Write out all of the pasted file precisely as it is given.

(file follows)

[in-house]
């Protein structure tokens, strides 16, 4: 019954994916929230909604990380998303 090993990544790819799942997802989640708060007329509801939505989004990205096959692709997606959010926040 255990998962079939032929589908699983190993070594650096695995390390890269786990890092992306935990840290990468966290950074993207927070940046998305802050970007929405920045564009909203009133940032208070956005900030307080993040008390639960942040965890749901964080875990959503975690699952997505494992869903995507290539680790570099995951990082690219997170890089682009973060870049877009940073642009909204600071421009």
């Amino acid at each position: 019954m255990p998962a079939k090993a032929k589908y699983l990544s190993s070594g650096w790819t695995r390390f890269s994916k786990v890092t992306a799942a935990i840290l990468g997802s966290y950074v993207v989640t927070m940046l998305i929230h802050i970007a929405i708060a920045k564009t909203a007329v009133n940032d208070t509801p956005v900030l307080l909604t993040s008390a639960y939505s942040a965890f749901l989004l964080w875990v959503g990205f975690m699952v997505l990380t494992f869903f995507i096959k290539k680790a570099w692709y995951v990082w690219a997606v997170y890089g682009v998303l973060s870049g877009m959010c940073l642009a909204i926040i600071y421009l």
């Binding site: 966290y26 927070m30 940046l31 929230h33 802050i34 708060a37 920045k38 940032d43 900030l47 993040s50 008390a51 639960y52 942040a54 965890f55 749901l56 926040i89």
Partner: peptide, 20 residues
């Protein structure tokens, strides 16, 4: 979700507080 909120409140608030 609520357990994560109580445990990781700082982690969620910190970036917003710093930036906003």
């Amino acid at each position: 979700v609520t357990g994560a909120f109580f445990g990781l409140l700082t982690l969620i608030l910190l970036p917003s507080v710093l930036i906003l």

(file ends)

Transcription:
[in-house]
């Protein structure tokens, strides 16, 4: 019954994916929230909604990380998303 090993990544790819799942997802989640708060007329509801939505989004990205096959692709997606959010926040 255990998962079939032929589908699983190993070594650096695995390390890269786990890092992306935990840290990468966290950074993207927070940046998305802050970007929405920045564009909203009133940032208070956005900030307080993040008390639960942040965890749901964080875990959503975690699952997505494992869903995507290539680790570099995951990082690219997170890089682009973060870049877009940073642009909204600071421009």
């Amino acid at each position: 019954m255990p998962a079939k090993a032929k589908y699983l990544s190993s070594g650096w790819t695995r390390f890269s994916k786990v890092t992306a799942a935990i840290l990468g997802s966290y950074v993207v989640t927070m940046l998305i929230h802050i970007a929405i708060a920045k564009t909203a007329v009133n940032d208070t509801p956005v900030l307080l909604t993040s008390a639960y939505s942040a965890f749901l989004l964080w875990v959503g990205f975690m699952v997505l990380t494992f869903f995507i096959k290539k680790a570099w692709y995951v990082w690219a997606v997170y890089g682009v998303l973060s870049g877009m959010c940073l642009a909204i926040i600071y421009l």
């Binding site: 966290y26 927070m30 940046l31 929230h33 802050i34 708060a37 920045k38 940032d43 900030l47 993040s50 008390a51 639960y52 942040a54 965890f55 749901l56 926040i89």
Partner: peptide, 20 residues
């Protein structure tokens, strides 16, 4: 979700507080 909120409140608030 609520357990994560109580445990990781700082982690969620910190970036917003710093930036906003």
């Amino acid at each position: 979700v609520t357990g994560a909120f109580f445990g990781l409140l700082t982690l969620i608030l910190l970036p917003s507080v710093l930036i906003l």